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‘Shocked, Outraged’ to Read The Guardian’s Opinion Piece: Spokesperson of the MFA

‘Shocked, Outraged’ to Read The Guardian’s Opinion Piece: Spokesperson of the MFA

The Spokesperson of the Ministry of Foreign Affairs of Egypt Ahmed Abu Zeid

The Spokesperson of the Ministry of Foreign Affairs of Egypt, Ahmed Abu Zeid, has commented on an opinion article published by The Guardian saying that he is “shocked and outraged”.

Abu Zeid further added, through his official Twitter account, that “Stark [who wrote the article] example of double standards & glorification of terrorism.”

 

The article titled “The ‘iron fist’ response to terror attacks in Egypt never works” suggests that “Egypt’s recent history shows that indiscriminate military responses to terror only escalate the situation”.

The writer goes on explaining Egypt’s response to terror attacks citing the statements of the military confirming the elimination “of a number of outposts used by terrorist elements,”

“If only it were that easy. If Sisi and his generals knew the location of such terrorist outposts, why had they not already been destroyed? It is probable the targets were chosen randomly and yet more innocent lives may now have been lost. This, in turn, may exacerbate Egypt’s long-running problem with Islamist insurgents.” quoting part of the article.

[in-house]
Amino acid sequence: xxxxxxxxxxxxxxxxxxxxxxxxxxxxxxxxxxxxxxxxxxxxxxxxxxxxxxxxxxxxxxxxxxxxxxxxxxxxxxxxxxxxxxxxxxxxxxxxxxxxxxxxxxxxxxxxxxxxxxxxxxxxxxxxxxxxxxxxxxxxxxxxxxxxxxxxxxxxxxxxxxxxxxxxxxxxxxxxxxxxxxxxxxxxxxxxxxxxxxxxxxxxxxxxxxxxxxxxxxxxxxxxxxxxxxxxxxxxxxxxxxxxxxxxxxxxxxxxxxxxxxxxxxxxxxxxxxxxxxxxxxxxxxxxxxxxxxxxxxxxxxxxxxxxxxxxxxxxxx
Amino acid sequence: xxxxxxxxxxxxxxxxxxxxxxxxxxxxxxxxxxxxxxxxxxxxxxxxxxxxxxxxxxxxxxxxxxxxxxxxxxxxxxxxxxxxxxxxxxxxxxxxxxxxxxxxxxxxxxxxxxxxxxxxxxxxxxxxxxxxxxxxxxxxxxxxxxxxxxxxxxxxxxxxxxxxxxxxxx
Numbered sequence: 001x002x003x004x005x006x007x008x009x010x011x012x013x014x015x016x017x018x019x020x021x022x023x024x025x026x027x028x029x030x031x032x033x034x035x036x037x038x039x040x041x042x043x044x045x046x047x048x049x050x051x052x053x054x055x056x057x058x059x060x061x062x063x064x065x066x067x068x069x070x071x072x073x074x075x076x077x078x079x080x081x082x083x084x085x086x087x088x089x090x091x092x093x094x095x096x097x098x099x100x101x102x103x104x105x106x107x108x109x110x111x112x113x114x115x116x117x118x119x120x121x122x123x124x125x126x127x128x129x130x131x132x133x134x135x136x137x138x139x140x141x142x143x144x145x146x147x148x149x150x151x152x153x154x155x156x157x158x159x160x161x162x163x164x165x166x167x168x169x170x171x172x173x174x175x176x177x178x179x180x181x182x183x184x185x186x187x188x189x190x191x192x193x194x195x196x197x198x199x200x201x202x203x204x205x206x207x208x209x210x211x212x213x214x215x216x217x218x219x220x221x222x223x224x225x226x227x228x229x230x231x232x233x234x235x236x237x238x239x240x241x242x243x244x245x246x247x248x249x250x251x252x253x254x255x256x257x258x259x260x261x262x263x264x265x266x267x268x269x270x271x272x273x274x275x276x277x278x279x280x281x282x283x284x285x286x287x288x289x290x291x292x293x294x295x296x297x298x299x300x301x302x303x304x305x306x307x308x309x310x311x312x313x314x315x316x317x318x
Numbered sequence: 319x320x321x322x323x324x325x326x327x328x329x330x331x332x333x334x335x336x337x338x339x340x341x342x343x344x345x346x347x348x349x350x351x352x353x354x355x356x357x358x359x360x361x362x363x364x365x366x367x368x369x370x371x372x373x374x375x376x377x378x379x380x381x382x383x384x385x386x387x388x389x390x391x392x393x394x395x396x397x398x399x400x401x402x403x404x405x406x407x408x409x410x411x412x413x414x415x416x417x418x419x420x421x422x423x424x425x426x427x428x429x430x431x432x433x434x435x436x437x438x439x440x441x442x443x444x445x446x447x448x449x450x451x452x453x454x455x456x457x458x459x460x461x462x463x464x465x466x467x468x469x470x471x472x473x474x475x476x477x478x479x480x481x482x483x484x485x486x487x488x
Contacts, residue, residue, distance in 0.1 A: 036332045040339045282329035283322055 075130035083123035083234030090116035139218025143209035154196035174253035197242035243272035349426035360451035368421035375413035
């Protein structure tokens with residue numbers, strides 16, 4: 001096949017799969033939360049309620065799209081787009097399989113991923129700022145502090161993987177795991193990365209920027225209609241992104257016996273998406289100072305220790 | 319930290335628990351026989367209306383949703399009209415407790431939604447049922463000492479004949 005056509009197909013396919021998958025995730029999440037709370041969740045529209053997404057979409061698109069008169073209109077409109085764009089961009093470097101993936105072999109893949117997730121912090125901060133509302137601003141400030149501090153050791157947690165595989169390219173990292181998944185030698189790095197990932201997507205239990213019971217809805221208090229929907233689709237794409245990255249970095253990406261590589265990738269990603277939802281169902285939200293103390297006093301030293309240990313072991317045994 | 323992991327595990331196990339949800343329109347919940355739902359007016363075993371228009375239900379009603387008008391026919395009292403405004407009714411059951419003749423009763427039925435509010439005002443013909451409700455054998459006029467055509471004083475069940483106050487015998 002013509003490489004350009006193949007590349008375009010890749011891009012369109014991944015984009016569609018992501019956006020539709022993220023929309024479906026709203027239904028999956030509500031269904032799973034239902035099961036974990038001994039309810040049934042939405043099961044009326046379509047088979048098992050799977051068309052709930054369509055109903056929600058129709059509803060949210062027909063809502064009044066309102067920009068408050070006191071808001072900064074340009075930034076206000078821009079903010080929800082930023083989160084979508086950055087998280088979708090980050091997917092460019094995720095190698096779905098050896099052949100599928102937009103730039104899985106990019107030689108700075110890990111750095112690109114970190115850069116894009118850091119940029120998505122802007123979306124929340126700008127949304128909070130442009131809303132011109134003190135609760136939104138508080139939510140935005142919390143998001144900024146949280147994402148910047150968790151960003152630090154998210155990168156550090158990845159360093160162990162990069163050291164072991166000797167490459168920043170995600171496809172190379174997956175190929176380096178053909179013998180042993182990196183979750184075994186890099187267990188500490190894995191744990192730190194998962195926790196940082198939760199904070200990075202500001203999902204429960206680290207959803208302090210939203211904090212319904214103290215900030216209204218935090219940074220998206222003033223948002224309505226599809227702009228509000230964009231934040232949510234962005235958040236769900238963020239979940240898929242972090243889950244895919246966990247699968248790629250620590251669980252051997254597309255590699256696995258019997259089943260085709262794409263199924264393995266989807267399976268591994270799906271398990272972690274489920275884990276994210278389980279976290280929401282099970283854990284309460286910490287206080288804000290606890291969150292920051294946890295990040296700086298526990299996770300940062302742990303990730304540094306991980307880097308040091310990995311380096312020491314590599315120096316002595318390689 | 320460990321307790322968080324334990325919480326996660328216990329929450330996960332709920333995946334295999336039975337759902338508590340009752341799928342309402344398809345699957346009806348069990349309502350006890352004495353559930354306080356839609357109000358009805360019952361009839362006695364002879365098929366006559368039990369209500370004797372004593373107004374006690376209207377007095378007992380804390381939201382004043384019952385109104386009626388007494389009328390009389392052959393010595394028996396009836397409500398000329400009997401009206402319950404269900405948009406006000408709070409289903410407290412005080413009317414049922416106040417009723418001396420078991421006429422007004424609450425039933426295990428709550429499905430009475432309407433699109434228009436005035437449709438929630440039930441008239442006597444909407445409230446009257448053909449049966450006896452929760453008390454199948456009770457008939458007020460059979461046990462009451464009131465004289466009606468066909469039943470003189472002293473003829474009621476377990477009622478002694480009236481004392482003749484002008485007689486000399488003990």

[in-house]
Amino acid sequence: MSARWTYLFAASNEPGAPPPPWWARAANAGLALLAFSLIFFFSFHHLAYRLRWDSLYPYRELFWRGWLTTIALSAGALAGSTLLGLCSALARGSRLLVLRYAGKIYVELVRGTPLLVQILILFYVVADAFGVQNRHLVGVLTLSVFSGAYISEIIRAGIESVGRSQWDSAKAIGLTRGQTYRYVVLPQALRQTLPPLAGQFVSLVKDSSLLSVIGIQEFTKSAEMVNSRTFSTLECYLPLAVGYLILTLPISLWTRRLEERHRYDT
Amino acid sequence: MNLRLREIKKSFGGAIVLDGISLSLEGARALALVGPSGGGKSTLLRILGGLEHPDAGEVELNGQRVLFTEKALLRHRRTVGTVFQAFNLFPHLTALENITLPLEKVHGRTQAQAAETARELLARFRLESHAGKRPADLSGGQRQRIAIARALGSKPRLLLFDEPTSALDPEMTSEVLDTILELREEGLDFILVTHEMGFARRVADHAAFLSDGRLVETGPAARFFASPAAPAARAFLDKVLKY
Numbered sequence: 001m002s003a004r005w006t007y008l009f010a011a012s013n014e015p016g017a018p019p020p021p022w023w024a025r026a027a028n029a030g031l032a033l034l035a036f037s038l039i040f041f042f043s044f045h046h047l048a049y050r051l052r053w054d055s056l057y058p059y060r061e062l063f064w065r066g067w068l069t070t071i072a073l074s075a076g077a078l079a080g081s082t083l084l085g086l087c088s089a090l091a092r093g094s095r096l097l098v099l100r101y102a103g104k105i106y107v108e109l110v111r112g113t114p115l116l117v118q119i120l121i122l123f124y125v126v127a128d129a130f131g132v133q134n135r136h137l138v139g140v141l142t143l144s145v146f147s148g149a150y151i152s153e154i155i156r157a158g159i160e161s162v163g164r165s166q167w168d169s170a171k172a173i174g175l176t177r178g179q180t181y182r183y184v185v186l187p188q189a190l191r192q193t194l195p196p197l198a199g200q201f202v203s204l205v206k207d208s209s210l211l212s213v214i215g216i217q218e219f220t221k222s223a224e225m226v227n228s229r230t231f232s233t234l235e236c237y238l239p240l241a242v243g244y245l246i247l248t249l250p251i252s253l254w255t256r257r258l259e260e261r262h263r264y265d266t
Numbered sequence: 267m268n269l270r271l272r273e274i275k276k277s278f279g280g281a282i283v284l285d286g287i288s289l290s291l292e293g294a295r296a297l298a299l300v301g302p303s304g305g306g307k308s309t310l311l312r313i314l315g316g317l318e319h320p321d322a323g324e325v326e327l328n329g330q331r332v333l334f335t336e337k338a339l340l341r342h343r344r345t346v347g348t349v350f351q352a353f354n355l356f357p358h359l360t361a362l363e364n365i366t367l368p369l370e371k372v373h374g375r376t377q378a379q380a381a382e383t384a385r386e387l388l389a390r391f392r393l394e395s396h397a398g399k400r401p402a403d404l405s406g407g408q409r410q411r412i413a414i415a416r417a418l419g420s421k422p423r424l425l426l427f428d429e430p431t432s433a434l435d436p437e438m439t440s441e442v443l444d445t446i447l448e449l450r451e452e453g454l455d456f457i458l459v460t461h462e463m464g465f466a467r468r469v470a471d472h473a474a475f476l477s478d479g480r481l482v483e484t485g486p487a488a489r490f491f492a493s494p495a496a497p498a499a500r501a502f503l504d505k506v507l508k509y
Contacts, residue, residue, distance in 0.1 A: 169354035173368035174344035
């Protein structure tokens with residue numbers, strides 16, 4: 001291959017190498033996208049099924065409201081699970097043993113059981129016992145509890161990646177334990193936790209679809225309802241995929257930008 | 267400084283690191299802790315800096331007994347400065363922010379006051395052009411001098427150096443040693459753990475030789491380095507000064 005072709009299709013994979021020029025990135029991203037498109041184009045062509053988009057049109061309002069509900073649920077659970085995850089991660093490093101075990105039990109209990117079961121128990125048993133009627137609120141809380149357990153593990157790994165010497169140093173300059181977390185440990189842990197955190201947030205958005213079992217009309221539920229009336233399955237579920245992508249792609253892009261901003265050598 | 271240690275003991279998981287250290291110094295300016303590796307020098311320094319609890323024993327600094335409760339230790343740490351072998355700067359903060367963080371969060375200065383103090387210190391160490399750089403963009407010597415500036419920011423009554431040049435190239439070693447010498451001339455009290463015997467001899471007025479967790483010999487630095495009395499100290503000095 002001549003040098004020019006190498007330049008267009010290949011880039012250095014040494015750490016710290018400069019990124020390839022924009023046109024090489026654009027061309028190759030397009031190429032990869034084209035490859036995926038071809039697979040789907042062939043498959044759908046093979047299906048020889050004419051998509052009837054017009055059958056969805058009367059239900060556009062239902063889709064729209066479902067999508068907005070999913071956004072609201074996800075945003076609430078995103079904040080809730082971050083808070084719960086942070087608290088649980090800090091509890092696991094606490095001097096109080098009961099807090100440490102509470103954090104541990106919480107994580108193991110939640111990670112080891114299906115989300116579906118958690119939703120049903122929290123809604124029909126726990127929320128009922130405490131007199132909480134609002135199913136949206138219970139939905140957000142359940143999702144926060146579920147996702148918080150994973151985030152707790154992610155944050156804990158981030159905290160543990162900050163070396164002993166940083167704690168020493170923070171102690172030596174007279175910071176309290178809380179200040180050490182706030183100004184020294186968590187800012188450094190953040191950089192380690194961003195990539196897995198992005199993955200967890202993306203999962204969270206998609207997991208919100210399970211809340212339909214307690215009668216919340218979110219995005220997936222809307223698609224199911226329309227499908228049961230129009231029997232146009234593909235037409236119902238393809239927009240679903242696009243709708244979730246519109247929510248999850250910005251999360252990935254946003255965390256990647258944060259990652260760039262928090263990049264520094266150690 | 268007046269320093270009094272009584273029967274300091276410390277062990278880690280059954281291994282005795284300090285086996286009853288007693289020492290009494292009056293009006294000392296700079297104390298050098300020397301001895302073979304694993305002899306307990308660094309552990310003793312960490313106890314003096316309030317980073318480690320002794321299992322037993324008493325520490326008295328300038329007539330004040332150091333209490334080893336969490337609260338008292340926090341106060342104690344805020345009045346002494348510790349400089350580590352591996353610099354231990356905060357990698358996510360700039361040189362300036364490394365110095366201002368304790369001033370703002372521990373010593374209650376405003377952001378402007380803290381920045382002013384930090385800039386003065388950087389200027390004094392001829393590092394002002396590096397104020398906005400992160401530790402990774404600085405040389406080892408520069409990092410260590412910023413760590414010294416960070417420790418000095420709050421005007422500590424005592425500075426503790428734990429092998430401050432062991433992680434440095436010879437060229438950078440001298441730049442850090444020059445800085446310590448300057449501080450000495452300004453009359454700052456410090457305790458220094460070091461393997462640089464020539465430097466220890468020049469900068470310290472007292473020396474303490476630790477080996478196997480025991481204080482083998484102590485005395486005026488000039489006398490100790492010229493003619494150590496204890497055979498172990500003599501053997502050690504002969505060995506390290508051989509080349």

These comments come days after a terrorist attack on al-Rawda mosque in Egypt’s North Sinai region left 305 people killed and more than 109 injured.

This is the deadliest terrorist attack in Egypt’s modern history.

Egypt’s president Abdel Fattah al-Sisi offered his condolences to the families of the victims and promised that Egypt will “respond to this terrorist attack vigorously.”

He further added that “what is happening in North Sinai is a real reflection of our efforts to combat terrorism, and Egypt is in this war alone on behalf of the region, and the entire world” al-Sisi went on to say.

Moving back to the article, the writer goes on listing series of events that escalated violence rather than stop it.

“Long experience shows that more killings, repression and dictatorial rule are not the answer for Egypt, any more than for other post-Arab Spring countries,” he said.

“Until the state rejects systemic violence as a form of policy, the violence of non-state actors will persist and grow,” the writer concludes.

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